Ankle sprain is the term used to refer to a strain or tear of one of the ligaments surrounding the ankle joint. Around your ankle there are a number of different ligaments that can be broken up into the lateral (outside) or medial (inside) groups. Ligaments are the bands of connective tissue that attach to bones at joints.
Ankle sprains usually occur during twisting of the ankle joint. A twisting inwards of the foot (inversion) causes a sprain of the lateral ligaments and a twisting of the ankle outwards (eversion) causes a sprain of the medial ligaments. A sprain of the lateral ligaments is much more common as they are much weaker that their medial counterparts.
Symptoms of an ankle sprain
A sprain of the ankle will commonly present with:
• Mild aching to severe onset of pain depending on the severity of the sprain
• Swelling and bruising of the ankle –usually most pronounced on the side that is sprained
• Difficulty in moving the ankle
• Pain in the ankle without weight bearing
• Depending on the severity of the sprain there may be a decreased ability or inability to weight bear
Sprains may be graded according to their severity:
I – minimal ligament damage
II – moderate ligament damage with mild laxity of the joint
III –complete tear of the ligament resulting in an unstable/loose joint
Sometimes sprains may just be referred to as mild or severe depending on the damage
Diagnosis and treatment
Sprains can be diagnosed by your doctor or physiotherapist. With severe sprains x-rays are sometimes required to exclude any damage to the bones. Furthermore if a grade three sprain is suspected then further scans may be required to assess the damage to specific ligaments. In the case of grade three sprains surgery or immobilization in a cast may be required to prevent permanent ankle instability. Following surgery or immobilization your physiotherapist will be involved in the rehabilitation of your ankle and your return to sport/activity.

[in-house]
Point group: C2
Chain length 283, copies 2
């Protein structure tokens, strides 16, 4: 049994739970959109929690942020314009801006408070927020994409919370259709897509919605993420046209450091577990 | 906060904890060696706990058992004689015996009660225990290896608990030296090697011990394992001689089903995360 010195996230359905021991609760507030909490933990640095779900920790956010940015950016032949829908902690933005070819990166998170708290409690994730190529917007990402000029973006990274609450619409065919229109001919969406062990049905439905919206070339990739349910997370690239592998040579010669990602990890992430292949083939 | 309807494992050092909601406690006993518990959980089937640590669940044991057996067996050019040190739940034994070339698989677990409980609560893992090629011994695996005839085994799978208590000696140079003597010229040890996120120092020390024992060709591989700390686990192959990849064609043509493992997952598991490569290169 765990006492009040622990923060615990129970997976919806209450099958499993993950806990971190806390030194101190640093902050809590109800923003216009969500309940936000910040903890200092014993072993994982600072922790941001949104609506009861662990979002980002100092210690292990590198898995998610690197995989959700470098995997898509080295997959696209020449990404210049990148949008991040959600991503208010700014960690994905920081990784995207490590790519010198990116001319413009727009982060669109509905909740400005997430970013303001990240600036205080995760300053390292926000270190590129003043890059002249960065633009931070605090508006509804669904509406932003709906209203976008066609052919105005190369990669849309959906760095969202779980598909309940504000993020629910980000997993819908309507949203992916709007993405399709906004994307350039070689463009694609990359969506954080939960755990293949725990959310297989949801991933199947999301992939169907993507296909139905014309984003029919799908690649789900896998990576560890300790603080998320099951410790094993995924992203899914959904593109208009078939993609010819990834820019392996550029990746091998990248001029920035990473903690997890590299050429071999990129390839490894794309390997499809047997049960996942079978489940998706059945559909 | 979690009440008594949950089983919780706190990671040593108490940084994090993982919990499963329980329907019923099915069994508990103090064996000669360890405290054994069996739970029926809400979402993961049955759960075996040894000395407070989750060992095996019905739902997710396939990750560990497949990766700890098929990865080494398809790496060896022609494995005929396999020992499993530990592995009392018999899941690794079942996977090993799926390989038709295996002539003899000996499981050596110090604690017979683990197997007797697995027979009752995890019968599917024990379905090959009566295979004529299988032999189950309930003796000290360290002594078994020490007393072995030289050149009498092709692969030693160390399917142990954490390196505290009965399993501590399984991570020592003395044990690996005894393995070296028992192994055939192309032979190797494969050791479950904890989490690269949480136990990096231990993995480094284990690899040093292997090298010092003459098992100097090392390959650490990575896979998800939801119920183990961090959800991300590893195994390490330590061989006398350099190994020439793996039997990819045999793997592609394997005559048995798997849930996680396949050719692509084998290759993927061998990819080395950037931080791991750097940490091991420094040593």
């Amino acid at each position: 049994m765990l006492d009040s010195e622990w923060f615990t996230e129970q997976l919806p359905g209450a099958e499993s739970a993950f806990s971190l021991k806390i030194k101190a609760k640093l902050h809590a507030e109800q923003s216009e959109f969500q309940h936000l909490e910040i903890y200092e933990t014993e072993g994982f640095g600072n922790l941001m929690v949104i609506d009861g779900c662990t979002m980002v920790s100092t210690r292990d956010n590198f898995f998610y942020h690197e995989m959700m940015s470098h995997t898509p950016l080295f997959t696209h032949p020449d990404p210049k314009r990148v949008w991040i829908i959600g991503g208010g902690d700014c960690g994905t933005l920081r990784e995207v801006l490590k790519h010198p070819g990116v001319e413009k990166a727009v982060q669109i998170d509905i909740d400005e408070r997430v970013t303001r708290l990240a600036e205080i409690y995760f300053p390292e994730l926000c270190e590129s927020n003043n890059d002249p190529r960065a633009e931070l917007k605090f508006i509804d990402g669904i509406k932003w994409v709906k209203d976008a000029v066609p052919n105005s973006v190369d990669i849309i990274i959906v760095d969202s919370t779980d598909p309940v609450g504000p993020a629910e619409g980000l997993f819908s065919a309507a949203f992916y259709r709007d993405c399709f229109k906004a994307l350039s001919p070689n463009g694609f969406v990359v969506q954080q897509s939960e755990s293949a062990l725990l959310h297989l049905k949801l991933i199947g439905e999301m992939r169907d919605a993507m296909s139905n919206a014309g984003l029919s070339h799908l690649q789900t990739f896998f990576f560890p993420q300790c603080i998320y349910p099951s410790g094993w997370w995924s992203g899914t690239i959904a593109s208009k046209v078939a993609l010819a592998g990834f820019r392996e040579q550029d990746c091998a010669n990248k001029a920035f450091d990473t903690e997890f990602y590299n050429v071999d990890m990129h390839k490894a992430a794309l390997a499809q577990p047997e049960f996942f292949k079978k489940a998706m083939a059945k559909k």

In the case of grade one and two sprains your physiotherapist will be able to rehabilitate your ankle. In the initial period following the sprain treatment will be aimed at reducing the swelling and pain as well as protecting the ankle from further damage. This may include electrotherapy modalities, gentle circulation exercises for the ankle, gentle massage, rest, ice, elevation and possibly the use of crutches to decrease weight bearing.
In the second stage your physiotherapist will aim to restore your flexibility, range of motion and strength. Typically treatment in this period would include manual therapy techniques, stretching, strength and proprioception (balance and co-ordination) exercise, strapping, massage and electrotherapy. Once range of motion, strength and proprioception has been restored then the focus of treatment will change to a return to sport. This may start off with a gradual return to straight line activities and then a gradual return to sports.